Ken Kalfus, 2013
Goodreads describes this one as an “intellectual comedy”, but I’d rather call it “deadpan surreal historical novel”. Essentially, it’s critical and controversial: you’re laughing at how dumb we are as a species. And it’s full of jokes, but you have to detect them because they’re said in all seriousness.
Set in the 1890s, Equilateral is about the initiative of an astronomer to create a gigantic equilateral triangle at the centre of Egypt, in order to start communications with the inhabitants of Mars (illustration here). The characters are Victorian and the narrator is Victorian (so very proper and so very racist), but the entire premise is about Martians. It did not read like comedy to me, but it is funny, and in a very intelligent way it makes you realise of the stupidity of trying to reach out to space when we don’t even know (or try to know) our neighbours.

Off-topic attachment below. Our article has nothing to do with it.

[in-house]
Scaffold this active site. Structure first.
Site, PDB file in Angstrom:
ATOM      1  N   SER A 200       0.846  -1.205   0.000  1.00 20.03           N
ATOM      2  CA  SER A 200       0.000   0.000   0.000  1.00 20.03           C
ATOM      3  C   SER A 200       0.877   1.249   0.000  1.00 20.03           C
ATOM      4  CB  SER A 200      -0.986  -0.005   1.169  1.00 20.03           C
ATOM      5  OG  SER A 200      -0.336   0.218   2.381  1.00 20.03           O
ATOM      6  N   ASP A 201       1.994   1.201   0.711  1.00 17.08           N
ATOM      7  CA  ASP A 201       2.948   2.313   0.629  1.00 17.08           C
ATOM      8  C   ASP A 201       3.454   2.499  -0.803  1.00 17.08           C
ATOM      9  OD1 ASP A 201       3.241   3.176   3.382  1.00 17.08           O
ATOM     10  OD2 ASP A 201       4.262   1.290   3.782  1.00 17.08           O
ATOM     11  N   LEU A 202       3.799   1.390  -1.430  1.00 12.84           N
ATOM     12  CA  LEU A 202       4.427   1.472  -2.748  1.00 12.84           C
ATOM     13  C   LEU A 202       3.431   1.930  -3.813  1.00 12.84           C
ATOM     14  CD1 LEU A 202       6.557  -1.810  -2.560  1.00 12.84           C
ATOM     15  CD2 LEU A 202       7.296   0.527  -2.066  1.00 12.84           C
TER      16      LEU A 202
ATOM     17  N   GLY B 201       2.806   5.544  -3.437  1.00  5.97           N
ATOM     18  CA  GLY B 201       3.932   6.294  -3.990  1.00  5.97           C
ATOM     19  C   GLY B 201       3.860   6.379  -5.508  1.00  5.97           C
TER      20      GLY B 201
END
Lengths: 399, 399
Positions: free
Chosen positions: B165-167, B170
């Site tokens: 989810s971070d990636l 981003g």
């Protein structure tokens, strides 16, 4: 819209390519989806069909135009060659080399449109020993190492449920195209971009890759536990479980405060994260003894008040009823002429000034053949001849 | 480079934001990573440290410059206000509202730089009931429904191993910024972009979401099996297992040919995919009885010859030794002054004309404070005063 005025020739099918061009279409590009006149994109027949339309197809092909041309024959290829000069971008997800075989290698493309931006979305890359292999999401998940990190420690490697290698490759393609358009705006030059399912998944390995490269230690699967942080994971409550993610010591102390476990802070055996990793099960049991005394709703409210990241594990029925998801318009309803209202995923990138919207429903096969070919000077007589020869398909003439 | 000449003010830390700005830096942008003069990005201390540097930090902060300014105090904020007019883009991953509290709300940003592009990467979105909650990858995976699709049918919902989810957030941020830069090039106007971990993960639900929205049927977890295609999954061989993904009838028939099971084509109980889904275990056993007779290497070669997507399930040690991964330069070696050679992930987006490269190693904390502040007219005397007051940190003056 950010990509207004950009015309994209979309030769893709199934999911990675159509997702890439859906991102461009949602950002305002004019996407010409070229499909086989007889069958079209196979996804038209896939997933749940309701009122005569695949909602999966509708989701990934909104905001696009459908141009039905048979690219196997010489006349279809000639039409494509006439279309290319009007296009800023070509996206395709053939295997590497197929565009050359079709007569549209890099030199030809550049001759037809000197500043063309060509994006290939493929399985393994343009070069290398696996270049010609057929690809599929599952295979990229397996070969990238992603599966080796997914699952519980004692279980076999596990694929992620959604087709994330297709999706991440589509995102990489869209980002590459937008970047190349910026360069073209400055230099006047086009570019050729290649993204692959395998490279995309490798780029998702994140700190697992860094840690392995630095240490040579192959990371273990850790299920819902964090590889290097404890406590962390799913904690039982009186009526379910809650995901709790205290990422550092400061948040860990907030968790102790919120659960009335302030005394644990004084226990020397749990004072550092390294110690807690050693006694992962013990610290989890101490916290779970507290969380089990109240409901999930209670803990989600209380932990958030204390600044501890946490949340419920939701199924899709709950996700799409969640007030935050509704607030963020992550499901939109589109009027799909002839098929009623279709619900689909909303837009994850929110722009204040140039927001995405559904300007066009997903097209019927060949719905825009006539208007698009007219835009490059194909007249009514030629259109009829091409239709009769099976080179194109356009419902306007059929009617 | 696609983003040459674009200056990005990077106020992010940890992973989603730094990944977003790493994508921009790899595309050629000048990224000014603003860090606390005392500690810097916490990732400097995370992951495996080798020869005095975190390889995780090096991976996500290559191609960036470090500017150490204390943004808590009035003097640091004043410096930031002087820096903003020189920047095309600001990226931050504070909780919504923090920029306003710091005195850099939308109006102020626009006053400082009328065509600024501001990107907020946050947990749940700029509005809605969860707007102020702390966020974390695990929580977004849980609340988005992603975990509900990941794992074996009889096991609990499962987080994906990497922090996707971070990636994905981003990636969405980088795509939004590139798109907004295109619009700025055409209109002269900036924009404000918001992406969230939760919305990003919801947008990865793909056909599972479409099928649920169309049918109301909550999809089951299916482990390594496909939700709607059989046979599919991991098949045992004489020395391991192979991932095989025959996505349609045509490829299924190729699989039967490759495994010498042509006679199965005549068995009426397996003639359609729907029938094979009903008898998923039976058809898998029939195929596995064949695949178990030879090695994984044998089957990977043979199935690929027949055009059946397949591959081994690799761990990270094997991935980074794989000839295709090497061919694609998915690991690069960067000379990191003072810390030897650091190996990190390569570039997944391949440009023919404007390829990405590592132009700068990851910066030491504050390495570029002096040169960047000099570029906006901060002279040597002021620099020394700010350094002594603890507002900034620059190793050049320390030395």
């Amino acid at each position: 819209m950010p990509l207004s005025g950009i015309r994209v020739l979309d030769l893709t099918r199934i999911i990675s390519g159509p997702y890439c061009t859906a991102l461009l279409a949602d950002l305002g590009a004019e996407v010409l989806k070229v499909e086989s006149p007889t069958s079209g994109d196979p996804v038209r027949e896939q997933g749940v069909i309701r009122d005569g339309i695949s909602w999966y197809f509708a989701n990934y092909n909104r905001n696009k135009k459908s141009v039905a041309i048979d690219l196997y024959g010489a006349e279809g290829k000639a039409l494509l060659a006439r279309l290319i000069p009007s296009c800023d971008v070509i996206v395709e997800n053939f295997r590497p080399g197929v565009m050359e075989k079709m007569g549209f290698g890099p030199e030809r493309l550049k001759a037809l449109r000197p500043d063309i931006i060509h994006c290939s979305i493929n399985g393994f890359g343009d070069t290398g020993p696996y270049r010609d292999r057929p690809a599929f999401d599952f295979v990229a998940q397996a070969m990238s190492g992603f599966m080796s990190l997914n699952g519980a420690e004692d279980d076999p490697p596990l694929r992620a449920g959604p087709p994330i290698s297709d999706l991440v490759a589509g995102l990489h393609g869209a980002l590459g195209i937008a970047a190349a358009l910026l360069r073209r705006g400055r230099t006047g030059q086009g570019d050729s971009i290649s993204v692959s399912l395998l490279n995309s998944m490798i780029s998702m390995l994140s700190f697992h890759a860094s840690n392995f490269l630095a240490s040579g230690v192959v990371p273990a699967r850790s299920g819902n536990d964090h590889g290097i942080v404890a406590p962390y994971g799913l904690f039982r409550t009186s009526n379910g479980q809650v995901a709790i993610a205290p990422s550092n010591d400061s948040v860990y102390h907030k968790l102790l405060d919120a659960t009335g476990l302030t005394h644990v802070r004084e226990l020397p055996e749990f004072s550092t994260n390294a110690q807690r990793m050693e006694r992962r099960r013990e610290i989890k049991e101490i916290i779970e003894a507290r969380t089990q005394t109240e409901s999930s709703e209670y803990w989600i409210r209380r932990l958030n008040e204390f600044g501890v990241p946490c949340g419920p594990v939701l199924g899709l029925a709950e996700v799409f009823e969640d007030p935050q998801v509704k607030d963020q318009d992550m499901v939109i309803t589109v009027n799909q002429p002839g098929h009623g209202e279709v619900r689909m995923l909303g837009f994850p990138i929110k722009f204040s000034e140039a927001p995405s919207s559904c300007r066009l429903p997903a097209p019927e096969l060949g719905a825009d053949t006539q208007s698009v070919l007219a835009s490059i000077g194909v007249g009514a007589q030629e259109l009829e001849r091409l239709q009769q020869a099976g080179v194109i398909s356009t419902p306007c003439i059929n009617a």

Recommended for: Weirdly enough, it’s more of a Historical novel than it is a Sci-fi one, so there’s that. The talk about engineering and angry workers reminded me of Pure, but I liked this one a lot more.